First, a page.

Tony Carr worked until recently in OHSU’s Department of Behavioral Neurosciences conducting nicotine and alcohol experiments on rats. He appeared at a news conference with IDA to discuss how he became disillusioned, quit, and is now speaking out against what he calls “wasteful and flawed” experiments on animals that have no relevance to human health concerns.
He did a fairly technical discussion of what sentience means. Sentience used to be defined as “the ability to sense, feel, or to be conscious”, but has shifted to be defined in the scientific community to mostly specifically point toward the ability to feel pain or pleasure. The interesting point to me was that from a scientific standpoint sentience can’t be determined because consciousness is unobservable from a scientific perspective. This applies to humans as well. The scientific signs of sentience than can be determined are anatomical (pain receptors), behavioral (pain avoidance), chemical (endorphins), developmental (within an individual or a species), evolutionary (an explanation for why pain/pleasure receptors would be selected for). There are apparently two ways this can be applied. From the perspective of the precautionary principle (as coming from RH Bradshaw), or from the behaviorist perspective (which has the view that we’re all automated zombies, more or less. The precautionary principle would give a high risk of false positives, which has a low consequence. The behaviorist view would have a high risk of false negatives, which comes with high consequences, as there will be sentient beings who are assumed to be insentient.
Hopefully Tony will do a guest post on Stephanie’s blog someday, and explain it all himself (and thus better than I can). Any mistakes in what I explained above are my mistakes, as this is regurgitated from the notes I scribbled during the talk. It was pretty interesting stuff to me.
Karen Davis, of UPC, talked next. She had a lot of great chicken stories, and through them drew a picture of their preferences, as individuals, and their anticipation of future pleasure, as well as their understanding of the connection between certain events. She mentioned a book by an avian ethologist, Dr Leslie Rogers, “The Development of Brain and Behavior in the Chicken“, in which (once you get past the animal experiments) this scientist determines that birds have cognition equivalent to primates. That was new to me. It is referenced in a recent post on her site, Pain and Suffering in Birds. Karen promises that she’ll have some posts up about the social life of chickens soon, which I think will be valuable illustrations of these points.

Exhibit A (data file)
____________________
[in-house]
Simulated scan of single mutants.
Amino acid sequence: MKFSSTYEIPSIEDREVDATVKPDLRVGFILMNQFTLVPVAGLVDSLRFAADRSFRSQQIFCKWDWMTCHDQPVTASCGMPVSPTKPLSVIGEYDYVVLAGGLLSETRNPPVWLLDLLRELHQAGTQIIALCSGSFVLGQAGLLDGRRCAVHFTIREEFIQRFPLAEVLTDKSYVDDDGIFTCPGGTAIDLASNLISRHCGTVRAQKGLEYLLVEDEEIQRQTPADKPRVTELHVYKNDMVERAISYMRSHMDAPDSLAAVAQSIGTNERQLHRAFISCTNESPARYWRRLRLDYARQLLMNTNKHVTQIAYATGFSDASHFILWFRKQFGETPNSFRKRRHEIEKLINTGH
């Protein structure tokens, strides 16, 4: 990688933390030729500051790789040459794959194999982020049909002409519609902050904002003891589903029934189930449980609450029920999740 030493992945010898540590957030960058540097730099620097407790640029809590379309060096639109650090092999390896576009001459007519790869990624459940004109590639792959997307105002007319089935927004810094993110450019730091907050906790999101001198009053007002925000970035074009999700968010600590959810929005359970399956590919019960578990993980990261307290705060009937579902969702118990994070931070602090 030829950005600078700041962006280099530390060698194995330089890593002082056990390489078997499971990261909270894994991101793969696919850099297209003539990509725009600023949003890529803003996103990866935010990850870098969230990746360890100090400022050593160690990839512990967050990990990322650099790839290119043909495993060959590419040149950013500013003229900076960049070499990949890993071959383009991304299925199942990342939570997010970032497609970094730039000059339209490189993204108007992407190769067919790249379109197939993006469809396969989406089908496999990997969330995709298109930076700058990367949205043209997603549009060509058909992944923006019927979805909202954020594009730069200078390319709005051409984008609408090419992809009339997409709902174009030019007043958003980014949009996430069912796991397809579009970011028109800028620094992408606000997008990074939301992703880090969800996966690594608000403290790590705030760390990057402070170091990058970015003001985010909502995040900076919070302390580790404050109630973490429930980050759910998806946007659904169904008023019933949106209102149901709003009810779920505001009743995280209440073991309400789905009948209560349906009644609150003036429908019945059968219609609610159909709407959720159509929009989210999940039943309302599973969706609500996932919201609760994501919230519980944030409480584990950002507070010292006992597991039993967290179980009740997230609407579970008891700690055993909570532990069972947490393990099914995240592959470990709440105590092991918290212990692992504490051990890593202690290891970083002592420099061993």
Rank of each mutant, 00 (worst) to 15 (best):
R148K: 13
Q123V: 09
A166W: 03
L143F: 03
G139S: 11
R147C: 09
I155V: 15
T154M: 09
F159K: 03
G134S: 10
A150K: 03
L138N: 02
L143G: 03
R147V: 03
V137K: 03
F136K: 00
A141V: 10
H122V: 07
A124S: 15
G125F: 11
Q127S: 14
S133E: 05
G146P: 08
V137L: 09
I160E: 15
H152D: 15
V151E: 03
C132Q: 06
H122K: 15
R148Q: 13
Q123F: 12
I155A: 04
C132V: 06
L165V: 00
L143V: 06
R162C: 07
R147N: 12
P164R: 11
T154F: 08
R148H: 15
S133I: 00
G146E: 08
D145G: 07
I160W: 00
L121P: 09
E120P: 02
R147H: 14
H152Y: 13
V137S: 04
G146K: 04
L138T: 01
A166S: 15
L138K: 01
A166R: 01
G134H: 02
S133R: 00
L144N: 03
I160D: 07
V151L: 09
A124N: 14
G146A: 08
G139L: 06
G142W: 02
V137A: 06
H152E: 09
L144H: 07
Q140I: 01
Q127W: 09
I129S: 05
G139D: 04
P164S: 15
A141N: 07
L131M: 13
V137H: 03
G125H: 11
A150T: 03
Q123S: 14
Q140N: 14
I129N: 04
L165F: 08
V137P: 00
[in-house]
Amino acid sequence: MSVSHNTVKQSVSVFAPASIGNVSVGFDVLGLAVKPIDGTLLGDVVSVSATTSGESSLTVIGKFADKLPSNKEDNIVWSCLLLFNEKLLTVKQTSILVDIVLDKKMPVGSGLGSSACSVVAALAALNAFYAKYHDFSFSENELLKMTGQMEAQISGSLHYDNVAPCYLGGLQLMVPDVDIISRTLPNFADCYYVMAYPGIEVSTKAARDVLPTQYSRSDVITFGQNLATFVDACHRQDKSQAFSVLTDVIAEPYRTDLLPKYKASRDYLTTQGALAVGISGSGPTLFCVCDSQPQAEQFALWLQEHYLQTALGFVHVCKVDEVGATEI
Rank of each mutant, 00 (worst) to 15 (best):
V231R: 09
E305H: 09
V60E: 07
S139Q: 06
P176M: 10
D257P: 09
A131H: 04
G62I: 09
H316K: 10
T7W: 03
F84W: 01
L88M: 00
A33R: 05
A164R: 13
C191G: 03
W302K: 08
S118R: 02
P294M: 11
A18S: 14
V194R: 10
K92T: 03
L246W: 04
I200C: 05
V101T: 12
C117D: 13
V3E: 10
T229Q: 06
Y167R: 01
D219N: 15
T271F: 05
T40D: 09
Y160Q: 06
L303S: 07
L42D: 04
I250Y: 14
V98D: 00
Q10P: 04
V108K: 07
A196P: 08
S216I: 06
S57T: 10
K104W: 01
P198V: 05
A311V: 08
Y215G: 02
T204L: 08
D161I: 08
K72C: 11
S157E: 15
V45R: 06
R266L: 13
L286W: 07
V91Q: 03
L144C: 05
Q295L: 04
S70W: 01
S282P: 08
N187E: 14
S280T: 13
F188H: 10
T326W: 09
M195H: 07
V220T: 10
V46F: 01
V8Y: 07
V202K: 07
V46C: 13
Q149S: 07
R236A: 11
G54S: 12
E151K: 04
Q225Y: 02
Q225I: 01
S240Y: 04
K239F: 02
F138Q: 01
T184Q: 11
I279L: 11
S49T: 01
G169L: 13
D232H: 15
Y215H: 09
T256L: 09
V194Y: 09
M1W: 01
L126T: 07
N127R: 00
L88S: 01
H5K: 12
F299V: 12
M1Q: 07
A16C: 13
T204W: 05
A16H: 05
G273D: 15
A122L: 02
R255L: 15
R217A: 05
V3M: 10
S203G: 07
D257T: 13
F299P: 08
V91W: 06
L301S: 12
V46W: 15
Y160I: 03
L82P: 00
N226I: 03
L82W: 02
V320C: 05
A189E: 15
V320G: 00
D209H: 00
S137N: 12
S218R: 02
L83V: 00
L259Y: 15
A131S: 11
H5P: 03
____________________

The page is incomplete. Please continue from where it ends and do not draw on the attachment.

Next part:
I went to the lunctime session Lunch With the Authors. The authors were: Judy Carman (“Veggie Soup Chicken’s Soul), Melanie Joy (“Strategic Action for Animals”), Dean Kuipers (“Operation Bite Back”), Erik Marcus (“The Ultimate Vegan Guide”), Colleen Patrick-Goudreau (“The Vegan Table”), Ruby Roth (“That’s Why We Don’t Eat Animals”), Will Tuttle (“World Peace Diet”). I was late getting there due to a comedic series of snafus with the hotel restaurant in getting an extremely mediocre boxed lunch, so I missed Judy Carman, Melanie Joy, and most of Ruby Roth’s talks. There isn’t much to relate, as each author just gave a very brief explanation of their book(s), and what motivated them to write it.
Producing Effective Events was informative, and practical for people who have no experience in putting on events. Debra Ehrenberg of RAN had a handout with lists of things to consider and questions to answer for yourself. Things like “Is there a specific and realistic goal? Do you have an appropriate location?” It all sounds very basic, and it probably is, but it is the kind of basic information I’d need if I were to plan an event. And at the bottom of the handout is a link to a great set of activist resource articles.
Amy Baird of Sea Shepherd spoke next. Her focus was primarily on getting media coverage of events. Generally speaking, you don’t want to tell them too far in advance, because they forget! 2-3 days in advance was her guideline. She also stressed how important images and video are.